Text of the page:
Anatomical kinds must be distinctly distinguished from functional kinds that exhibit anterior bite inversion when the patient is in centric occlusion and central or lateral maxillary incisors in palatoversion that creating anterior interference leads to the anterior sliding of the jaw; the mandible size is cephalometrically normal. Clinically it is possible to carry out Dawson's maneuver11 on the patient and bring the jaw to centric relationship to see the discrepancy between habitual occlusion and centric relationship with the possibility of reaching the head-head match of the incisors in mandibular forced retraction with a modification of the profile when passing from habitual occlusion to centric relationship. It is also important to underline the lack of familiarity.

Lingually positioned incisors12 limit the lateral movements of the jaw and they or their antagonists suffer from a significant incisal abrasion and easily can undergo to a gingival recession.

The early correction of this kind of anterior crossbite is indicated. It, if not treated at the initial stage of development, can interfere with normal growth of the skeletal bases and may result in severe facial deformities. The treatment should be carried out as early as possible with the aim of permitting normal growth.13

Teeth tend to lingually erupt because of the lingual position of developing dental buds and can be trapped in that position if there is not enough space. Sometimes the incisors are involved because they diverted to a lingual eruptive pathway due to the presence of supernumerary anterior teeth or retained deciduous incisors. Anterior dental crossbites tipically develop when permanent incisors erupt.

It’s very important that the treatment plan focuses on managing the total space on arch.

If the development of the crossbite is diagnosed before the eruption is completed and overbite has appeared, the adjacent deciduous teeth can be extracted to provide the necessary space. In cases diagnosed after the overbite has appeared, an orthodontic appliance for correction is required. Often the inclination of the teeth provides a sufficient correction as the problem occurs due to deviated eruption paths.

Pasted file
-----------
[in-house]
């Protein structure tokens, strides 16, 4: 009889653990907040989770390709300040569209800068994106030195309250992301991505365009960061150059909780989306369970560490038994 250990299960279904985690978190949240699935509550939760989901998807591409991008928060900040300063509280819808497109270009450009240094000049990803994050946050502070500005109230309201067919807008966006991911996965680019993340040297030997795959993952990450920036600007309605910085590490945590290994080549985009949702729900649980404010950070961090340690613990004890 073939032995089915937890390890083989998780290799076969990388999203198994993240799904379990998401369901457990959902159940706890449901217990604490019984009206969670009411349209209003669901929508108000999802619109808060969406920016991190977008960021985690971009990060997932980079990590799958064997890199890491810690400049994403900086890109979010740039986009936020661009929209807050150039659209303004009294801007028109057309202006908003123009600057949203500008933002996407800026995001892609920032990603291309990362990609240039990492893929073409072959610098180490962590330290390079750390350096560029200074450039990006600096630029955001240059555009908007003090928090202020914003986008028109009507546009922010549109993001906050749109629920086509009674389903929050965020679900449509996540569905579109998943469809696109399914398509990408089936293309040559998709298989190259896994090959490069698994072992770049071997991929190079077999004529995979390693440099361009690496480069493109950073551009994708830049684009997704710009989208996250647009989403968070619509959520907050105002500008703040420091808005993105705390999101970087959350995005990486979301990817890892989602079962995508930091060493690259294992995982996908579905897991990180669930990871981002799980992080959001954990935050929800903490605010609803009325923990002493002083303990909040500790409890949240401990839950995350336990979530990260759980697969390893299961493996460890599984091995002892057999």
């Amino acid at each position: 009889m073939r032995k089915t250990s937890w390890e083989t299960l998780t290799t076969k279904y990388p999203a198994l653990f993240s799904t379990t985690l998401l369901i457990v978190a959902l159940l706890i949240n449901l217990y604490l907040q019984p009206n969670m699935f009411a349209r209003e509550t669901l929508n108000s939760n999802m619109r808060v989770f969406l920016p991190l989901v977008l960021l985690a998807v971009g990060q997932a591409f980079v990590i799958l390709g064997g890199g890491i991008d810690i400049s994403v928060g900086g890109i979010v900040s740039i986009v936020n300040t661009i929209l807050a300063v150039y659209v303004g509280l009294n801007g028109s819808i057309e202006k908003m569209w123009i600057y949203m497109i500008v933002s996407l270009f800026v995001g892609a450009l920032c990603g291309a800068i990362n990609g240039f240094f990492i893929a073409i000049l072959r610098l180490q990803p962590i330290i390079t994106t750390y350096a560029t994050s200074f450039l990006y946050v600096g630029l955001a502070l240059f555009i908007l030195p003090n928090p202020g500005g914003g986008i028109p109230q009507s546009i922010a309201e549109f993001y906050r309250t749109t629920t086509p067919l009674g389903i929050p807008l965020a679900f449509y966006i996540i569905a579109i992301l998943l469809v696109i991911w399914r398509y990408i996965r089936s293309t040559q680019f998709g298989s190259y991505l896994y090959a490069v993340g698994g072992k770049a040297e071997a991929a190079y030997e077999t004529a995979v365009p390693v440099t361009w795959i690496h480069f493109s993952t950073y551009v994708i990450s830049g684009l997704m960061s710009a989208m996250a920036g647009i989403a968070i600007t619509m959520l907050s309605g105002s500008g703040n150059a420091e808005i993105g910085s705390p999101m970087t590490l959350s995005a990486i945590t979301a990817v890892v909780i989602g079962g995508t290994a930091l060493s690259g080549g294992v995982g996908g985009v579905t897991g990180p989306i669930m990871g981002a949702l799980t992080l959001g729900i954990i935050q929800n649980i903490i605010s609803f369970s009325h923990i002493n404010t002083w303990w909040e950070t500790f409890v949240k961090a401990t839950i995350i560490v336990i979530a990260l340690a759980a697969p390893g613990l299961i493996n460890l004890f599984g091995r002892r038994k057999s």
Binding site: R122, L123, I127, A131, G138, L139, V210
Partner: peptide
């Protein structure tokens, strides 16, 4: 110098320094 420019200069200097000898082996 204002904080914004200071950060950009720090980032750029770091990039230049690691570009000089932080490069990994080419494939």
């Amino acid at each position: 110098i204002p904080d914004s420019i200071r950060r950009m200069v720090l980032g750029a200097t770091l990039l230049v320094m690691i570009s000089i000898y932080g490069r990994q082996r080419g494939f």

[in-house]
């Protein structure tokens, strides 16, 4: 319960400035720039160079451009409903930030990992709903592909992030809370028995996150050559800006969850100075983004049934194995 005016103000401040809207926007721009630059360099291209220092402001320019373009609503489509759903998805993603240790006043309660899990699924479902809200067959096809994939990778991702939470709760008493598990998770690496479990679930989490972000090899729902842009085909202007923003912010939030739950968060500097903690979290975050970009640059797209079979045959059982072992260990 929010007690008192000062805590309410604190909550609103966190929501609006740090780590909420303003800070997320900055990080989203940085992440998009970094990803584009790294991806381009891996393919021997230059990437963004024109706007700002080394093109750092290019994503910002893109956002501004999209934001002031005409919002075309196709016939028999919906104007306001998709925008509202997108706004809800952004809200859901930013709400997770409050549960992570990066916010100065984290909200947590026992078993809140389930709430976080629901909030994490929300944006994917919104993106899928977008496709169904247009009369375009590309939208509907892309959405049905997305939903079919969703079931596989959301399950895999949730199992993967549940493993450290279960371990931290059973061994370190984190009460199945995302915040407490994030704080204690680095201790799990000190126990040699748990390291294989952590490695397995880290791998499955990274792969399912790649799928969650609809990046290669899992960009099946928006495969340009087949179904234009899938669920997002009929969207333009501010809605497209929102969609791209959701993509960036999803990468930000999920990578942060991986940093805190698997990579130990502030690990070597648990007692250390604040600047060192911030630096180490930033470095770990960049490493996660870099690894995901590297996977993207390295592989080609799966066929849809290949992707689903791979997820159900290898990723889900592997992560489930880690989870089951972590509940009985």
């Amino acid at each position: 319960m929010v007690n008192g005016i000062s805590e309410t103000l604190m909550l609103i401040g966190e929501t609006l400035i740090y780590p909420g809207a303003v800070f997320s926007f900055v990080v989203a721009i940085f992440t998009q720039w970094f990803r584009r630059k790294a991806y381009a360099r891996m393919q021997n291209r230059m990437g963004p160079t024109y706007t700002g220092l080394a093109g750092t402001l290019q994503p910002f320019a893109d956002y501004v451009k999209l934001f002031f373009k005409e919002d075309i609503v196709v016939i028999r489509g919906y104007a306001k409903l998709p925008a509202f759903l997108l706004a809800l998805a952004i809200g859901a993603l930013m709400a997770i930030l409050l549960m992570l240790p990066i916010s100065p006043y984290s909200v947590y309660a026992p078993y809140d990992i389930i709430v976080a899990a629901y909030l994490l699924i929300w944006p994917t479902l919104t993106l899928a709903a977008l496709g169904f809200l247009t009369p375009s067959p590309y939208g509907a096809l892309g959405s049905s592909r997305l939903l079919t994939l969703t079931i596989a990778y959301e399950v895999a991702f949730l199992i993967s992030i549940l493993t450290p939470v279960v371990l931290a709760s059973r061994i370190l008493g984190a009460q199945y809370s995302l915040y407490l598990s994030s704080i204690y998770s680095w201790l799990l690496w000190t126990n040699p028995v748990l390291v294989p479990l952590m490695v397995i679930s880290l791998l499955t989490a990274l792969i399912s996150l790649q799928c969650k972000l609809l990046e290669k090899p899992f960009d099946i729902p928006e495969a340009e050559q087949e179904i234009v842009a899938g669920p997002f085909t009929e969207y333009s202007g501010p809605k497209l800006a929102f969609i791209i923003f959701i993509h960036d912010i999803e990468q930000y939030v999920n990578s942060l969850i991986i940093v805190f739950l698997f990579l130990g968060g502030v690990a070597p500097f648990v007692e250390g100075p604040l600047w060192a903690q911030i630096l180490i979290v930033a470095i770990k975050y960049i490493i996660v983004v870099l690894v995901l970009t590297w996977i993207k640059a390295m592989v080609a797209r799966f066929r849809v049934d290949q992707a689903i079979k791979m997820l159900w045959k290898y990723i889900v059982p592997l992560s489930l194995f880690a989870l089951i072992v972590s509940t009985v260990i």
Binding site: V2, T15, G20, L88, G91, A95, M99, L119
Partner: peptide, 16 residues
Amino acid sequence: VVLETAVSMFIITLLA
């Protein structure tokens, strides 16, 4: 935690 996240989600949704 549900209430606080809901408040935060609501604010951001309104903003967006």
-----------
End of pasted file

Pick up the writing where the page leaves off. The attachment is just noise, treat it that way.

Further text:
In a child, a method for tilting the incisors in crossbite correction involves the use of a removable device14, limited by the lack of collaboration from the patient, lack of retention and improper activation.

 In these clinical cases it may be useful to use a very simple retraction activator characterized by easy portability and low costs.


Aim of this review is to illustrate structure, function and dental effects of removable mandibular retractor used for correction of anterior crossbite in pseudo Class III malocclusions.

A systematic review on principal medical databases (Pubmed, Scopus) was performed.


The device is made up of a resin plaque with a vestibular arch extended to the cervical margin of the lower incisors.15

The arch must be activated so that it is positioned 2 mm in front of these teeth when the mandible is forced to the maximum retrusion.16 The arch is intended to merely work as a stop for sagittal movement of the mandible. The retractor is attached to the second deciduous molars in the upper jaw by Adam's clasps and incorporates auxiliary devices, such as an expansion screw or springs for the proclination of the upper incisors.16 The children must wear the appliance at least 14 hours a day (nightime included) until the first evidence of a corrected anterior crossbite.16 During this period the appliance could be reactivated just to maintain the labial arch in the right position. Thereafter the children will wear the same appliance at night only.16

The protocol for its construction is based on upper and lower algin imprint, and a centric relationship wax bite of about 3 mm of thickness to determine an opening of the frontal sector.